If your idea of a good time at the movies requires a three-act narrative consisting of the hook, the conflict, and the climax, followed by a quick resolution, then Amateurs of the Impossible is not for you. Filmmakers Margaret Rorison and Zach Iannnazzi are like painters — or, as Orson Welles suggested, poets with camera lenses for eyes. They reach beyond the presentational to build film-loop elegies, plein air panoplies, and celluloid sonatas that whip up dreams, memories, emotions, and musings. Rorison, co-founder of Baltimore's much-loved roaming experimental film series Sight Unseen, contributes six shorts, including a handmade study of Danish wind power, a collaboration with the Effervescent Dance Collective, a landscape portrait of Brooklyn's Gowanus Canal, and a 16-mm tribute to her grandfather that is saturated by field recordings of oil rigs and fishing lines on the Louisiana bayou. Iannazzi offers three shorts, including a found-footage scrapbook of fading Northern California and a superimposed diptych of home movies that explores "mid-century male bonding and the hubris of hunting culture."
"Amateurs of the Impossible" begins at 7:30 p.m. at Artists Television Access, 992 Valencia St., S.F. $10; 415-824-3890 or sfcinematheque.org. More
Scientists used to consider it balderdash, but the belief that humans can cause earthquakes has recently been validated by a significant increase in tremors occurring in the Central United States. Nearly twice as many quakes, magnitude 3 and up, have happened there in the last six years than in the previous 36 years; in 2014, more strong earthquakes jolted Oklahoma than California. Justin Rubinstein, a U.S. Geological Survey research geophysicist, believes oil and gas extraction is responsible for this. Hydraulic fracturing is part of the problem, but Rubinstein says the top culprit is the injection of wastewater from oil and gas operations into permanent storage areas underground. He believes that human activity of this sort could trigger a magnitude 7 shaker. All agree that San Francisco's expected Big One will be an act of nature, not industry, but anyone earthquake-curious should find Rubinstein's talk ("Yes, Humans Really Are Causing Earthquakes") of interest. The event is part of a USGS series of free lectures for non-experts.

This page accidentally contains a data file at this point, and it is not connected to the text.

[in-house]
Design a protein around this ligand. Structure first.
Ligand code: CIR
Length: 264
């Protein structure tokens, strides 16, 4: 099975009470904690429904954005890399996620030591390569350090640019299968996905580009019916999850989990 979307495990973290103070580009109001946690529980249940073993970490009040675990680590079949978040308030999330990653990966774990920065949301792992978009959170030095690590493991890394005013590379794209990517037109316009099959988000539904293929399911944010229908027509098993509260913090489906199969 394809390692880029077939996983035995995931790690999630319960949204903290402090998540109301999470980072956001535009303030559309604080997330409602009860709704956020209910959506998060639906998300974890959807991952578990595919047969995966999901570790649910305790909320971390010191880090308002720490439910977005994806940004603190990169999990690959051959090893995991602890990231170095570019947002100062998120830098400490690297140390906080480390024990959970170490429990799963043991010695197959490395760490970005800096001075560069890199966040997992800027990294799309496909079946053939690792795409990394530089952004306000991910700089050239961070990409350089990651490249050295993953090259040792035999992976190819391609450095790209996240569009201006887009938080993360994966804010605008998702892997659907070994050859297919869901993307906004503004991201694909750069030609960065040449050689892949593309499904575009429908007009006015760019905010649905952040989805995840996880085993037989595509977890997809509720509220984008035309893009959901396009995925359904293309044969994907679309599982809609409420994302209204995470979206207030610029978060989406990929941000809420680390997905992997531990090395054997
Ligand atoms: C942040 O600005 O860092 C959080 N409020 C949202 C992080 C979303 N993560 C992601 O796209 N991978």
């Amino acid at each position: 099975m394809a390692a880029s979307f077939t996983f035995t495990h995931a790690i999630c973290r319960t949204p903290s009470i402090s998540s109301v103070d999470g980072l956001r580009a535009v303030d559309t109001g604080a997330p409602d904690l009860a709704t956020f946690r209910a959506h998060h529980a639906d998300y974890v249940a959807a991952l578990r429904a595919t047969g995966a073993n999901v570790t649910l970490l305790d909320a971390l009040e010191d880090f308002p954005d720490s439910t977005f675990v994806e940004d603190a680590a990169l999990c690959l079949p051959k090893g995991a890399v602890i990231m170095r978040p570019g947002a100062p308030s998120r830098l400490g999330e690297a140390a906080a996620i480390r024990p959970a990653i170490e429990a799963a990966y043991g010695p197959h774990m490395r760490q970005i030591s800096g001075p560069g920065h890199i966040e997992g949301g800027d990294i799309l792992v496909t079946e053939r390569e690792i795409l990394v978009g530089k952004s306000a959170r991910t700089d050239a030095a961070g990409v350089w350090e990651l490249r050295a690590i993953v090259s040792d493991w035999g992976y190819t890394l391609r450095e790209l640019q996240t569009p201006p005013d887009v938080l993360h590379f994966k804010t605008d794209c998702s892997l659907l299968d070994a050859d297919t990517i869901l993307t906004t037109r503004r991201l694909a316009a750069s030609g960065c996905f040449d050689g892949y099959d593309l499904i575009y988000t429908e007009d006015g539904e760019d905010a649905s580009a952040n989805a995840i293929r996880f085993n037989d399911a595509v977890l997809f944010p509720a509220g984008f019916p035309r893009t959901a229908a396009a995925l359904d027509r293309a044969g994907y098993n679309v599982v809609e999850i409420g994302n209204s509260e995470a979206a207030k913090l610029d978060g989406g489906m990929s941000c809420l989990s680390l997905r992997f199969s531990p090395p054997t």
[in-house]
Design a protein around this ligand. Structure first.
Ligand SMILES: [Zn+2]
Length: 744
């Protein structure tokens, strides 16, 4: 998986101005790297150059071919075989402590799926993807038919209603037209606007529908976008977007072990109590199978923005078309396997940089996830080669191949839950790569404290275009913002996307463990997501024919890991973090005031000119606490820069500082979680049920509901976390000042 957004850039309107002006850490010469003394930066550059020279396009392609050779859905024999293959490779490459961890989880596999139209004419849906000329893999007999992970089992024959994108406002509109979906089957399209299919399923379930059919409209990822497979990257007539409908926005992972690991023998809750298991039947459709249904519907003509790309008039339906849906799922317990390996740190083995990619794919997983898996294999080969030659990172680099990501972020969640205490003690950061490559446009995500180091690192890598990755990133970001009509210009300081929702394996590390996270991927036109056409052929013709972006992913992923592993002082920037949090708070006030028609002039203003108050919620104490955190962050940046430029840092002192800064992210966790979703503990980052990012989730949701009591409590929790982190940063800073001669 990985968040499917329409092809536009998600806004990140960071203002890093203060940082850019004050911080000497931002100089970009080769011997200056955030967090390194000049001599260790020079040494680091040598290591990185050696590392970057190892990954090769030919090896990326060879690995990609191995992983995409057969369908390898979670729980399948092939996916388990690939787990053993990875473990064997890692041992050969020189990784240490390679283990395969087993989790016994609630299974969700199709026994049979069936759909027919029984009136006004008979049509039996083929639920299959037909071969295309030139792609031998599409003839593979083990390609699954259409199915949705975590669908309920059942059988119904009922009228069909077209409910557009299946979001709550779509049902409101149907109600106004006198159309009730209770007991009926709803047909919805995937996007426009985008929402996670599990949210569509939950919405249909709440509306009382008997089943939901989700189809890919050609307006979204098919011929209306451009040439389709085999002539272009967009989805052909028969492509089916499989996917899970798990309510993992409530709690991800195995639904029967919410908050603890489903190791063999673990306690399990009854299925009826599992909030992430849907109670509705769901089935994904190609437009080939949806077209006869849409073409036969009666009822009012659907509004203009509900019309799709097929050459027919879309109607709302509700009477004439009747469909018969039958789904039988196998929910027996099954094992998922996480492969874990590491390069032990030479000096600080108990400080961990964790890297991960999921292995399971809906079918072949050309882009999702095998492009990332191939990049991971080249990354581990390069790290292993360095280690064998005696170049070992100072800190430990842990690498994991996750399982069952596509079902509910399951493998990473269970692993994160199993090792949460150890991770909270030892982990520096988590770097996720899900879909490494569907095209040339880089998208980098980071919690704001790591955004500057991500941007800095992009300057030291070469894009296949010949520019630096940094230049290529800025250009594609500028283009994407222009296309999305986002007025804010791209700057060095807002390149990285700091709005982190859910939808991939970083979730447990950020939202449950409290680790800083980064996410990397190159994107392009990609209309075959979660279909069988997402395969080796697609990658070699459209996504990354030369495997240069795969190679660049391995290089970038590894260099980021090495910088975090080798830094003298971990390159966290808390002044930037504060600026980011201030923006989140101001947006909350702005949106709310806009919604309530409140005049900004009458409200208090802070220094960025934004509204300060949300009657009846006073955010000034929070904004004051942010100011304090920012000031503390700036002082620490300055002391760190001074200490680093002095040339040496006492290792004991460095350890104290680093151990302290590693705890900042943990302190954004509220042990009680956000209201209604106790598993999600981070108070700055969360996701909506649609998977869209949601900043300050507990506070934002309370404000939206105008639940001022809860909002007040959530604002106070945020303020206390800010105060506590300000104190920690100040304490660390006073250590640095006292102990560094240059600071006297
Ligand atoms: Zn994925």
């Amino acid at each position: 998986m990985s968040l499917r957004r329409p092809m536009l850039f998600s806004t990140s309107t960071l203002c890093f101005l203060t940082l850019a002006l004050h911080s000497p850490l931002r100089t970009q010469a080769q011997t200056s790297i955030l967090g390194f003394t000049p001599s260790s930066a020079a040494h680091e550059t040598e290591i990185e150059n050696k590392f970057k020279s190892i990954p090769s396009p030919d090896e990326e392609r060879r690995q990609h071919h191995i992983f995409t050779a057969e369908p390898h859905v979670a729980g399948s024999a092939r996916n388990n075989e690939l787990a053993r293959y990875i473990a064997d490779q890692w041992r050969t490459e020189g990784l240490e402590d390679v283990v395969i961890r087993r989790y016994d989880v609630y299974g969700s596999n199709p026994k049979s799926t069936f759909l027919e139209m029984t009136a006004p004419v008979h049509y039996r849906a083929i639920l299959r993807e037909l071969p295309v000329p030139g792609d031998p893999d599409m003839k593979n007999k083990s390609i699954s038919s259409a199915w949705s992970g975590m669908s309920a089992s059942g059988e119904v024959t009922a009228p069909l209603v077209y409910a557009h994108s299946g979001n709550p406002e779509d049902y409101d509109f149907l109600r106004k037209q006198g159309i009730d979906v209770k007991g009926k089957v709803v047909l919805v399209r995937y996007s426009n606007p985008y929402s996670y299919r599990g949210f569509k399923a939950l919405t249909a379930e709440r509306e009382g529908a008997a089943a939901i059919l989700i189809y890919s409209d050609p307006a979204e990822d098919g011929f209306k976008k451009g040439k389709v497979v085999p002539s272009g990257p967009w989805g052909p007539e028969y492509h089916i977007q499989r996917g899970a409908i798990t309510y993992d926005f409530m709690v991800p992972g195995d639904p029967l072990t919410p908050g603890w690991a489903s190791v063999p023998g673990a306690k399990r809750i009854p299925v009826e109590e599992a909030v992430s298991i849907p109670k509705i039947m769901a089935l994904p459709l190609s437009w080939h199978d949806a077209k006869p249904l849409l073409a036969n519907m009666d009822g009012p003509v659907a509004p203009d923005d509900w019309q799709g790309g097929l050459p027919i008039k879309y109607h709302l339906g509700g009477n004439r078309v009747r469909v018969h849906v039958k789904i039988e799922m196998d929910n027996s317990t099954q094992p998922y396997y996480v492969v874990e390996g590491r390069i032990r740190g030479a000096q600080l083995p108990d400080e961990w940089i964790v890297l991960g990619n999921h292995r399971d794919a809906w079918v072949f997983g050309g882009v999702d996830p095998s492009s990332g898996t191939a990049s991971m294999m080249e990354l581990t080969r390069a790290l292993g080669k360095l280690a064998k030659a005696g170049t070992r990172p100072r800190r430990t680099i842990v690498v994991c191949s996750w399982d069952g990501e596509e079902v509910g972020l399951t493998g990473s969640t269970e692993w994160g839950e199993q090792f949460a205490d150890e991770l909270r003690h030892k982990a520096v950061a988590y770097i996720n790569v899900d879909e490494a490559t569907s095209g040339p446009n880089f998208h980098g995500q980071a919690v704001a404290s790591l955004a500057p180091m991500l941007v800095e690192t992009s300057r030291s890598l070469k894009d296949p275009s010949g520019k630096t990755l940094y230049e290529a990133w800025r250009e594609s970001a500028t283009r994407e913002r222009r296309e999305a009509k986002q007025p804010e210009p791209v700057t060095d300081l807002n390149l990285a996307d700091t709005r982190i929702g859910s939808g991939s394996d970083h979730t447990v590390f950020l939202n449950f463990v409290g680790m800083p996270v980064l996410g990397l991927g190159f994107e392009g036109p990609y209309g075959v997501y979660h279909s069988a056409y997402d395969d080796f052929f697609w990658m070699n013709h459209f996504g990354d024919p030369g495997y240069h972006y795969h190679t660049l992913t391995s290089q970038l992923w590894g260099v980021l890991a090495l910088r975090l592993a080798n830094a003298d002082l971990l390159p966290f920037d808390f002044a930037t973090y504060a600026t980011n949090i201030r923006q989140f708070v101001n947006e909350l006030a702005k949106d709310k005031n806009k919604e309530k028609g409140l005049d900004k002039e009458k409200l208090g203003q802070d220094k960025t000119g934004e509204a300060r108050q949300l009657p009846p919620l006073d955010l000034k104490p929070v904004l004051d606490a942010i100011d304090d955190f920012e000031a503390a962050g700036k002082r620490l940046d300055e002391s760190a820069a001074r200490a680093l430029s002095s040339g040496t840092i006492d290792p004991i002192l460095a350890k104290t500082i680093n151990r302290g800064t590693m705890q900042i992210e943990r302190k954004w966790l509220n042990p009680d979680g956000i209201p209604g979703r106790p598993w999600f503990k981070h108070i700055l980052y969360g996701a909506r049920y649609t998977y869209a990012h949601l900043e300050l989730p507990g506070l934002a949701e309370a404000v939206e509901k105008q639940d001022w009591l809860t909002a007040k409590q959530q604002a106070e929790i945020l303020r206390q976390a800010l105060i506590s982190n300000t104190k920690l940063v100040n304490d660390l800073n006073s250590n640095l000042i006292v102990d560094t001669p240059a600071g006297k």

Justin Rubinstein’s lecture, “Yes, Humans Really Are Causing Earthquakes,” is set for 7 p.m. at USGS, Building 3, Rambo Auditorium, 345 Middlefield Road, Menlo Park. Free; online.wr.usgs.gov/calendar.More
Daniel Gross' preface to Rebel Voices – PM Press's newly reprinted treasury of stories, testimonials, songs, and jeremiads from the heyday of the Industrial Workers of the World – was penned recently enough to celebrate the labor-led seizure of the Wisconsin capital but just long enough ago that there's not a word in it about the Occupy movement. The contrast is fascinating: The Wobblies dared direct action to enact clearly defined changes in the lives of a membership rather than undefined changes for the benefit of all society. That all society itself benefited from those specific changes is a point made again and again in Rebel Voices. Its other highlights include theater (a description of a powerful funeral “pageant” at mills in Paterson, New Jersey, in 1913), satire (Chazzdor's scathing 1957 fiction “Parable of the Water Pump”), and the rabble-rousing of Ralph Winsetad's “Chin-Whiskers, Hay-Wire, and Pitchforks,” which concerned the radicalization of lumberjacks. Gross will undoubtedly address Occupy tonight, when he discusses Rebel Voices at Green Arcade, but Wisconsin – or the port shutdown - might be the stronger parallel than the camps: A reminder that the collective action most likely to win the hearts of the public is that in response to specific, conquerable injustices.
Mon., Jan. 16, 7 p.m., 2012